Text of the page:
Get ready to fall into this excerpt from The Boom Bands, a short story in the Ustari Cycle—the gritty supernatural series about blood magic, power-hungry mages, and one clever Trickster trying to outsmart them all.
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I STEPPED OUT INTO THE RAIN, which was coming down as a wall of water, making the dark streets even darker. I pulled my thin, well-worn jacket close around my neck and put my head down against the chill. I’d been wet and cold before. The key to survival was to keep moving, keep your blood pressure high. Which complicated things because that was fucking exhausting. If you loitered in places, people chased you off, and being in constant motion lulled you into a trance after a while.
I had a lot to think about. Murray the Fell had given us the bank details, so I thought I’d take a walk past it, poke my head in. I wasn’t a bank robber. I was a Trickster; I bled a little and cast a spell and made people like me, borrowed money from them, and walked away. Or I bled a little and cast a spell and made a dollar look like fifty, and bought groceries. I bled a little and cast a dozen spells a day and staggered home broke and shivering, weak from blood loss. I didn’t bust into bank vaults and steal ancient artifacts.
But Murray had offered me five hundred dollars to be his Scribe, and that was easy money. Most idimustari you met had learned five spells somehow and that was it. They could blind you, Charm you, kite a dollar, and maybe do some tricks, but anything subtle—anything with real power—was beyond them. Some Tricksters had more ability, sure. My old gasam, Hiram Bosch, was technically ranked ustari, a full mage, but he was really one of us, grifting his way through life. But most talented Tricksters, even ones at Hiram’s level, were awful with the Words. Larding up on unnecessary verbiage, taking endless seconds to speak ten Words to accomplish what could be done in four. That’s why Murray wanted me. He wanted his little gang to get in and out as quickly as possible, and for that he needed spells that worked right the first time, could be spoken quickly, and used as little gas from Redix as possible—not because Murray the Fell gave two shits if the big woman bled out and died while we were doing his dirty work, but because chances for success were better if we were efficient, if we were organized.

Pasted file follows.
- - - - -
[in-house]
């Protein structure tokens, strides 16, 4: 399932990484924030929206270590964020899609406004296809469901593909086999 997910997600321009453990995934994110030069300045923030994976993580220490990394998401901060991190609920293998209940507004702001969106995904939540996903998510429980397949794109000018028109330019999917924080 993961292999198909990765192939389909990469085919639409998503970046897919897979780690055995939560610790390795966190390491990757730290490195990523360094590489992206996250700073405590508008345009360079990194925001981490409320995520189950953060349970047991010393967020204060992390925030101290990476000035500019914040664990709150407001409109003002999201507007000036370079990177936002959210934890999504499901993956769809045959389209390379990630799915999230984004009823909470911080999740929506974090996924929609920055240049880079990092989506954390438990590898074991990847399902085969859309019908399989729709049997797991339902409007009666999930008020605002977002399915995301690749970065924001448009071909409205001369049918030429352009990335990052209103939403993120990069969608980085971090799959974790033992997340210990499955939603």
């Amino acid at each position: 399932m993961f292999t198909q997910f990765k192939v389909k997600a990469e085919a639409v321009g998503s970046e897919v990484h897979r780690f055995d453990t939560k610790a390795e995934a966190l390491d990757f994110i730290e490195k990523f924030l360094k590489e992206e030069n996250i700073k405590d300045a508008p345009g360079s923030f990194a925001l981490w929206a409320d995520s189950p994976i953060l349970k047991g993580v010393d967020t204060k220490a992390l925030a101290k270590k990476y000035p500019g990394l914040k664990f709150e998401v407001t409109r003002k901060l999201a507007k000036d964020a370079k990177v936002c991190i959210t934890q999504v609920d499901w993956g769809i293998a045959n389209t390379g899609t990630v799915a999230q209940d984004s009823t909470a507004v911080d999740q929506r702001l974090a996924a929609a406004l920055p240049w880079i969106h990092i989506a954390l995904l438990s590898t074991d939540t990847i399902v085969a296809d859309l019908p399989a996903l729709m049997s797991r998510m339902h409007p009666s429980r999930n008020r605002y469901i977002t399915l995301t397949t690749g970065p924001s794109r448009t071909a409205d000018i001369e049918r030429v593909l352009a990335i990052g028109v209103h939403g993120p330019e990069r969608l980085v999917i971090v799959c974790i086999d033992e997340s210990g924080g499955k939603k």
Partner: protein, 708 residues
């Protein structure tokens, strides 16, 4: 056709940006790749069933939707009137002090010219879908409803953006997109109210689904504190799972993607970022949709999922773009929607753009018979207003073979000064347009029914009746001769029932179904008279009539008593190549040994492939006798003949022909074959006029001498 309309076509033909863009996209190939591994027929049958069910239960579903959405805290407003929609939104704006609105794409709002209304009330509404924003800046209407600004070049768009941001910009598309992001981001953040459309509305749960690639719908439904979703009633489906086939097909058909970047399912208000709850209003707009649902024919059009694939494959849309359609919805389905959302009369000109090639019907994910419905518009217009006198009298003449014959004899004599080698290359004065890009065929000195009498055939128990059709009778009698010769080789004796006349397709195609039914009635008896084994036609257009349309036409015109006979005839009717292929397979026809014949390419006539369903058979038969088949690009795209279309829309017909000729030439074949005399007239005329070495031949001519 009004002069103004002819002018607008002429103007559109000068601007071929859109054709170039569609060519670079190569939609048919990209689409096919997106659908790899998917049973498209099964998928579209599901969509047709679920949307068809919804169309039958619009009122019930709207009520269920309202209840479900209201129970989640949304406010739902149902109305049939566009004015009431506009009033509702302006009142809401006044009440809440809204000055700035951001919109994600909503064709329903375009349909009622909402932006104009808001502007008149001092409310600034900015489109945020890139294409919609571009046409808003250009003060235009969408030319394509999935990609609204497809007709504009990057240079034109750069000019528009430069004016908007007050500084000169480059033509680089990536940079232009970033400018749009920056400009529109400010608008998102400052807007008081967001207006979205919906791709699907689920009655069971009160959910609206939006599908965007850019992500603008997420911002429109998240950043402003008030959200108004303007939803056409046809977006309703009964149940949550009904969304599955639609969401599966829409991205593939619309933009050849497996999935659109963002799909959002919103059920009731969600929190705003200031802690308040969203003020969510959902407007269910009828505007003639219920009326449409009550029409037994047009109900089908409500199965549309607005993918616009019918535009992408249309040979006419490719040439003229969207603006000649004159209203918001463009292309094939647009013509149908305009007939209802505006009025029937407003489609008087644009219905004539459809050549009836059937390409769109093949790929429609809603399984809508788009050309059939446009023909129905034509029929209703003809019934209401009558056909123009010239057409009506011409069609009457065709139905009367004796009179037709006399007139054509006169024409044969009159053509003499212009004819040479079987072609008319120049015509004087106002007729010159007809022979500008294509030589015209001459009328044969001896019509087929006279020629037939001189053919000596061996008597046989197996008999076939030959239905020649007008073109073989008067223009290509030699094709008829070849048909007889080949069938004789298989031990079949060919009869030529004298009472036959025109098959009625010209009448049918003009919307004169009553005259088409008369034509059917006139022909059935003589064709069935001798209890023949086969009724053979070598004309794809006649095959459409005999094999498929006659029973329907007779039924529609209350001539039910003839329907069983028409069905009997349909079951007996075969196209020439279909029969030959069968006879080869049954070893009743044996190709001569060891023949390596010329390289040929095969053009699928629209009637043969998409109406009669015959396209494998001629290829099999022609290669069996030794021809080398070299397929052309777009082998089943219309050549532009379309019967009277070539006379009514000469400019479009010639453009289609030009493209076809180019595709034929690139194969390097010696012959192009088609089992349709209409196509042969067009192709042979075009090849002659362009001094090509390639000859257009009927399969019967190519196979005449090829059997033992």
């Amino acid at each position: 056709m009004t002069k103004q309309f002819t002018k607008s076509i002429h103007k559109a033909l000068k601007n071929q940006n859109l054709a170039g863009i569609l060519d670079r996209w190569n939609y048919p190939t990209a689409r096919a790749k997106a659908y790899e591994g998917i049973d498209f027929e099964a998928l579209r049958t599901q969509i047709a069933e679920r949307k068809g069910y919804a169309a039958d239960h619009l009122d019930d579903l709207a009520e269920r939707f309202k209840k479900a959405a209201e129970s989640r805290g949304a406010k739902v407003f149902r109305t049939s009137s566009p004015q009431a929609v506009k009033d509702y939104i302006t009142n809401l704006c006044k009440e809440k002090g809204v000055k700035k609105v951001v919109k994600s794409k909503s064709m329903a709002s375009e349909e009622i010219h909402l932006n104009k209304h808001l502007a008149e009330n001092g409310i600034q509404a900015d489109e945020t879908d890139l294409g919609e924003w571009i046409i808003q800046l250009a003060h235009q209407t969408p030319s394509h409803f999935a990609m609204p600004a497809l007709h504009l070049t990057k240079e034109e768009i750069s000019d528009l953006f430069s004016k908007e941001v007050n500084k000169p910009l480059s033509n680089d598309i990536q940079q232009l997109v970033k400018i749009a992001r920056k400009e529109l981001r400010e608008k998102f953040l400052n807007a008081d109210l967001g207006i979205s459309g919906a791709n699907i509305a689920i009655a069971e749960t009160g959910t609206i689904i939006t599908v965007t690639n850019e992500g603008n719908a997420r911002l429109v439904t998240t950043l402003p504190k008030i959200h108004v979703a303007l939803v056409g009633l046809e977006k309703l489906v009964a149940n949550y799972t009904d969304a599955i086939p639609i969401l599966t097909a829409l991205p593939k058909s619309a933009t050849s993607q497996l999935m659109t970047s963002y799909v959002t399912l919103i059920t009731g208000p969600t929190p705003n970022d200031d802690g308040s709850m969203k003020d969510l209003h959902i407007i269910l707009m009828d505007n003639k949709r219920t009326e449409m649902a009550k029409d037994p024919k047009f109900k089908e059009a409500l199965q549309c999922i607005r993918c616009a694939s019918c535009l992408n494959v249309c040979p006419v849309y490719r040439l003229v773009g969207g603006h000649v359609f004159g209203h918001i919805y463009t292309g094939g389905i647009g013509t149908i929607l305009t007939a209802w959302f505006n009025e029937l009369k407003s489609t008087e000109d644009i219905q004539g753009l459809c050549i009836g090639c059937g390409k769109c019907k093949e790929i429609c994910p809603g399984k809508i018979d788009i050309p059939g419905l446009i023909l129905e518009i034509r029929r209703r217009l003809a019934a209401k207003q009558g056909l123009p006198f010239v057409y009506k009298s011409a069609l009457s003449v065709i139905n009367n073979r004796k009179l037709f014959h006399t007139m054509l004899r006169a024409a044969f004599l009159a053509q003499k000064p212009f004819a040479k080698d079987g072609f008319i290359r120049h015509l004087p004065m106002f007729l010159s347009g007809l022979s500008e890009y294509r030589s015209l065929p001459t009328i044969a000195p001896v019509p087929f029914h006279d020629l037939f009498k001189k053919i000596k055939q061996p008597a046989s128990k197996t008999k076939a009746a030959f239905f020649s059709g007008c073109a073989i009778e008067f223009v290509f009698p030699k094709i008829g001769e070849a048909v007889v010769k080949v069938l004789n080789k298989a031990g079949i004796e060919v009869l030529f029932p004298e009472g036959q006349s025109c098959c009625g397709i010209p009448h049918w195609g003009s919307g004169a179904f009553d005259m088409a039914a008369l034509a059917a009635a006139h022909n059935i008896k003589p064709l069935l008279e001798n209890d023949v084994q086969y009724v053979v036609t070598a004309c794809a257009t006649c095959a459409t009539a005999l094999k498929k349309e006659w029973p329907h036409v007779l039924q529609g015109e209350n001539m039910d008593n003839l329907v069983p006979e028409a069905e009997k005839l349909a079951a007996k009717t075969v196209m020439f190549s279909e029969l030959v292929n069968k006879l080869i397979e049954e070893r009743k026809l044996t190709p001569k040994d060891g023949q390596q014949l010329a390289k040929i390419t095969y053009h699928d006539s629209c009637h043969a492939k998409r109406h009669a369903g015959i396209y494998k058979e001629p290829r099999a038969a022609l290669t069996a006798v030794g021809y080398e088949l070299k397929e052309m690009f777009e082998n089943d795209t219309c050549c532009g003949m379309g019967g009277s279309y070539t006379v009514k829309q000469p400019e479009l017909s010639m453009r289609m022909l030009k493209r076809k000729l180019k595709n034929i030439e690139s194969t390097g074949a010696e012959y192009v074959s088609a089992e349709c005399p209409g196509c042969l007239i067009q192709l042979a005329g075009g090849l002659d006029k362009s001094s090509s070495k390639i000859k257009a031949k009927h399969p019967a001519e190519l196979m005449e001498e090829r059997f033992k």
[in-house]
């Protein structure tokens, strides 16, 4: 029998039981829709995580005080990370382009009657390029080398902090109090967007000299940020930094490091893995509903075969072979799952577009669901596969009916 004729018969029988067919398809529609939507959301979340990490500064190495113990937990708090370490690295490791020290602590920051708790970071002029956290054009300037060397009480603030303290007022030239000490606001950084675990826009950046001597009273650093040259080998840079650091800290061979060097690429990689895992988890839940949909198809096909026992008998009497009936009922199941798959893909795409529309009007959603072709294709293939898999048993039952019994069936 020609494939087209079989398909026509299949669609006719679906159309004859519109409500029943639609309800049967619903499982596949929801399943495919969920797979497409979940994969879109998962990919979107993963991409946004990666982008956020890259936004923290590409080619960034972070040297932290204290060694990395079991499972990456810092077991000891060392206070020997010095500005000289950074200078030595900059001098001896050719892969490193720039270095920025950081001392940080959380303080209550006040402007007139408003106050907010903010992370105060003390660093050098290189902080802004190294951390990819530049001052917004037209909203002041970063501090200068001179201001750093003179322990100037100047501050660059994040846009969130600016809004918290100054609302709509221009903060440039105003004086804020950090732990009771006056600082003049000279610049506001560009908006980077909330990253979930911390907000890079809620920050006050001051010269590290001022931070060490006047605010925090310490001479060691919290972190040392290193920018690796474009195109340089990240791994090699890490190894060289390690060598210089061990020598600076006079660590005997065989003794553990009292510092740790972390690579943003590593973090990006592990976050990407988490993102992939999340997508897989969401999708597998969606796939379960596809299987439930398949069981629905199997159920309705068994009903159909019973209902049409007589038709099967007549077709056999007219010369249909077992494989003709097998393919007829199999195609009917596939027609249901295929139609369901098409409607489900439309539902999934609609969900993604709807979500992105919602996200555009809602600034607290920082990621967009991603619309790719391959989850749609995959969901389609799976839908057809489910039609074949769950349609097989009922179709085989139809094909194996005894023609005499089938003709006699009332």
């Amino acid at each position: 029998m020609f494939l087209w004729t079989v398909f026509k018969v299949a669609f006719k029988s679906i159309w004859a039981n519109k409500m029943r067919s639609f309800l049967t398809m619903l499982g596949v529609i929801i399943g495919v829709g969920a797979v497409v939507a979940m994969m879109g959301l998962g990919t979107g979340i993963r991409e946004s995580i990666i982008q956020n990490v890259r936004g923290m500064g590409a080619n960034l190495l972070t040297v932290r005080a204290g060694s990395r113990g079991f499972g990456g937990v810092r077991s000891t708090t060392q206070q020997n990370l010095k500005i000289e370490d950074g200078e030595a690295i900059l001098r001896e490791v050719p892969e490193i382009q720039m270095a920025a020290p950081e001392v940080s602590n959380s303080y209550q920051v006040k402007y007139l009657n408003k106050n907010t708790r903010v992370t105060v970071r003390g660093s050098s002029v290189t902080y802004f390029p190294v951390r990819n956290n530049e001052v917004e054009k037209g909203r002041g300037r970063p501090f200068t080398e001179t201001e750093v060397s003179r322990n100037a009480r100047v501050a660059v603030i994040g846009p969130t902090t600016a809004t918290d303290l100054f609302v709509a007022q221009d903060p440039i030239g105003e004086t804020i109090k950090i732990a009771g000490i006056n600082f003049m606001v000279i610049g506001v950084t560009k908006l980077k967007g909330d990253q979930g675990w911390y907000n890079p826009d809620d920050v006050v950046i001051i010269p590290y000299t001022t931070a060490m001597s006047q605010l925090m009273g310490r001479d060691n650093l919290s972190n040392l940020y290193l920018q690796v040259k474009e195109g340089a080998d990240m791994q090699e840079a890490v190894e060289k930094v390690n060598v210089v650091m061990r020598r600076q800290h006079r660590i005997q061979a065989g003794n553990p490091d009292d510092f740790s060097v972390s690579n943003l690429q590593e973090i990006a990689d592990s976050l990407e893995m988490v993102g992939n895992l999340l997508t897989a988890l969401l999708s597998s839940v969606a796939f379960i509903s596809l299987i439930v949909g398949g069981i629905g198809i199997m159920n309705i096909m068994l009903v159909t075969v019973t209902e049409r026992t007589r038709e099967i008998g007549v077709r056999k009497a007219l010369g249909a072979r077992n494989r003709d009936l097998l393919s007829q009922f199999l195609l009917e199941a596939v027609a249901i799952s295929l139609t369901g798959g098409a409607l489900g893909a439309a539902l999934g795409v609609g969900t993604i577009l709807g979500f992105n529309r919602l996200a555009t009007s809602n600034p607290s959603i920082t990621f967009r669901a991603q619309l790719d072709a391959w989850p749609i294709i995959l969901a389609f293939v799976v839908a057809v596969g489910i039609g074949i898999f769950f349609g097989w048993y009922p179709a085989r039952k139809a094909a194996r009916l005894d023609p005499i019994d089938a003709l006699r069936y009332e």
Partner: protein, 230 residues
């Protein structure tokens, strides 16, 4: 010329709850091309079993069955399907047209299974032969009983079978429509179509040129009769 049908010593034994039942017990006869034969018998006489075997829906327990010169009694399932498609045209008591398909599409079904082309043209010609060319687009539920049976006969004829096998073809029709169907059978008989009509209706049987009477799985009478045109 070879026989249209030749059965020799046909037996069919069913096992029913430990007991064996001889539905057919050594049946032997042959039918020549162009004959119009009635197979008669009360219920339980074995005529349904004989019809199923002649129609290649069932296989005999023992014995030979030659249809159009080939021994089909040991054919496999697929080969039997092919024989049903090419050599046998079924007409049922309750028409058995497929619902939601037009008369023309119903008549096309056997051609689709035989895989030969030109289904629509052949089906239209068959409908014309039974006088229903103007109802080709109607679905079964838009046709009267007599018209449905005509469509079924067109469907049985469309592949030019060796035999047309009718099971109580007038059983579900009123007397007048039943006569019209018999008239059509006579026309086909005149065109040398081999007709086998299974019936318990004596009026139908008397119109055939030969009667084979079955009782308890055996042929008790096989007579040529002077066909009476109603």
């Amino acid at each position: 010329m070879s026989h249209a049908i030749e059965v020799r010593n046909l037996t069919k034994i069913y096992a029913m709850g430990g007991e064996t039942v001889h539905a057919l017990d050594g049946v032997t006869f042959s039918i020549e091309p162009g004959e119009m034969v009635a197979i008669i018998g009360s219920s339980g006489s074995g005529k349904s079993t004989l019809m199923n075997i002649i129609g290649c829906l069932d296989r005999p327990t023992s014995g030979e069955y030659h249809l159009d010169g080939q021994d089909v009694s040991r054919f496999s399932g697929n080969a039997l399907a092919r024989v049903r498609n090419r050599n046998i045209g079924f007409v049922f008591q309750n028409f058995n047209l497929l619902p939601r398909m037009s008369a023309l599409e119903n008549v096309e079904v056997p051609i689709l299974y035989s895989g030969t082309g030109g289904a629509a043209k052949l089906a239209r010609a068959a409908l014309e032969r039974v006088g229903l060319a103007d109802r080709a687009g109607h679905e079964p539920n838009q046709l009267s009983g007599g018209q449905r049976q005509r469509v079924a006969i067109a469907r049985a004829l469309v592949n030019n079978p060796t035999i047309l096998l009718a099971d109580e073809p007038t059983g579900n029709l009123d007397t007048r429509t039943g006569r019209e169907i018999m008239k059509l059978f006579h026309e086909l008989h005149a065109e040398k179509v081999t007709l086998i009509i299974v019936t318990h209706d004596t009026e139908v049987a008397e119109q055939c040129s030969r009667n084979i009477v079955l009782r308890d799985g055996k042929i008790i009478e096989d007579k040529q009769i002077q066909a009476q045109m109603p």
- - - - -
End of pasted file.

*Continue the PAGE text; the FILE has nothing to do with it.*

I wasn’t bleeding anyone directly, I told myself. I was writing spells. I was composing. If someone took that spell and bled Redix or someone else with it, that wasn’t me.
I thought of Mags. I’d been hard on him. He’d bled people, and he’d come up with excuses why it was okay that weren’t so different from mine. A wave of dizziness hit me, and I stumbled, going down on my knees, hard, into a puddle. There was a sound, suddenly, booming all around me, something loud and painful, like a buzz saw an inch from my ears.
Headin’ out for the hills, where the boom bands play!
I shook my head and looked around. The street was empty. The rain poured down. I was shivering from the cold. Slowly, I got to my feet and started walking again. Five hundred dollars was a lot of motivation.
The Boom BandsJeff Somers
The fourth short story in the Ustari Cycle. Lately Lem's days have taken a strange turn, always the same and yet minutely different. Lem’s constantly feeling like he’s forgetting something, like something is calling to him from the beyond, but perhaps most bizarre of all, his best friend Mags is nowhere to be found—and the police seem to want to help Lem locate him. The po-po being helpful to a Trickster like him? Now he knows something is up.
Last Best DayJeff Somers
The third stand-alone short story in the Ustari Cycle. Lem was the one person who never hurt the Mags—and so when a powerful archmage kidnaps him Lem off the streets for unknown reasons, the gentle giant embarks on a dangerous path to save his pal...one that might ruin their friendship forever.
The StringerJeff Somers
Learn the Words. Get the blood. Rule the world. A stand-alone short story in the Ustari Cycle. Most people never learn what a Stringer is—and their lives are better for it. Lem, however, gets to learn about them and possession by alien intelligences the hard way. A must-read in the gritty supernatural series that includes We Are Not Good People from the "exhilarating, powerful, and entertaining" (Guardian) storyteller of the Avery Cates series.
We Are Not Good PeopleJeff Somers
From the "exhilarating, powerful, and entertaining" (Guardian) storyteller of the Avery Cates series comes a gritty supernatural thriller featuring a pair of unlikely heroes caught up in the underground world of blood magic. The ethics in a world of blood are gray--and an underground strata of blood magicians has been engineering disasters for centuries in order to acquire enough fuel for their spells. They are not good people.